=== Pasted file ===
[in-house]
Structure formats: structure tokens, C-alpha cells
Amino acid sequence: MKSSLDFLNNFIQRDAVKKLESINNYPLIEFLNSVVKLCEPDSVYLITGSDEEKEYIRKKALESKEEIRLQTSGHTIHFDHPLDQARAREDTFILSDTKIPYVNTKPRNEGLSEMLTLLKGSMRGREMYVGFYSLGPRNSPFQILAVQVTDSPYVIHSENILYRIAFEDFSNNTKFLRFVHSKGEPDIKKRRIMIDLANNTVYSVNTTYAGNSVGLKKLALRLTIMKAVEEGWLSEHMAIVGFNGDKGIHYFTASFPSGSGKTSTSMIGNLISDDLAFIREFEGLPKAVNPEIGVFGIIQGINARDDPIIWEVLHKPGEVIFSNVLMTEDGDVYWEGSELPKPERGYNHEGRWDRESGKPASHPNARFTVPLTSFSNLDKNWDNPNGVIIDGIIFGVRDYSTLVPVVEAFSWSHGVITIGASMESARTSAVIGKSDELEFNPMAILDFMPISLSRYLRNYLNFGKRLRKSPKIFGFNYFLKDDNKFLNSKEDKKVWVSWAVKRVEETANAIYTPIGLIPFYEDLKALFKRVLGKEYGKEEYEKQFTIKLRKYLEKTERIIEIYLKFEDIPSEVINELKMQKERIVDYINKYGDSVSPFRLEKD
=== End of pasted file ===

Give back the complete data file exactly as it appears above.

[in-house]
Structure formats: structure tokens, C-alpha cells
Amino acid sequence: MKSSLDFLNNFIQRDAVKKLESINNYPLIEFLNSVVKLCEPDSVYLITGSDEEKEYIRKKALESKEEIRLQTSGHTIHFDHPLDQARAREDTFILSDTKIPYVNTKPRNEGLSEMLTLLKGSMRGREMYVGFYSLGPRNSPFQILAVQVTDSPYVIHSENILYRIAFEDFSNNTKFLRFVHSKGEPDIKKRRIMIDLANNTVYSVNTTYAGNSVGLKKLALRLTIMKAVEEGWLSEHMAIVGFNGDKGIHYFTASFPSGSGKTSTSMIGNLISDDLAFIREFEGLPKAVNPEIGVFGIIQGINARDDPIIWEVLHKPGEVIFSNVLMTEDGDVYWEGSELPKPERGYNHEGRWDRESGKPASHPNARFTVPLTSFSNLDKNWDNPNGVIIDGIIFGVRDYSTLVPVVEAFSWSHGVITIGASMESARTSAVIGKSDELEFNPMAILDFMPISLSRYLRNYLNFGKRLRKSPKIFGFNYFLKDDNKFLNSKEDKKVWVSWAVKRVEETANAIYTPIGLIPFYEDLKALFKRVLGKEYGKEEYEKQFTIKLRKYLEKTERIIEIYLKFEDIPSEVINELKMQKERIVDYINKYGDSVSPFRLEKD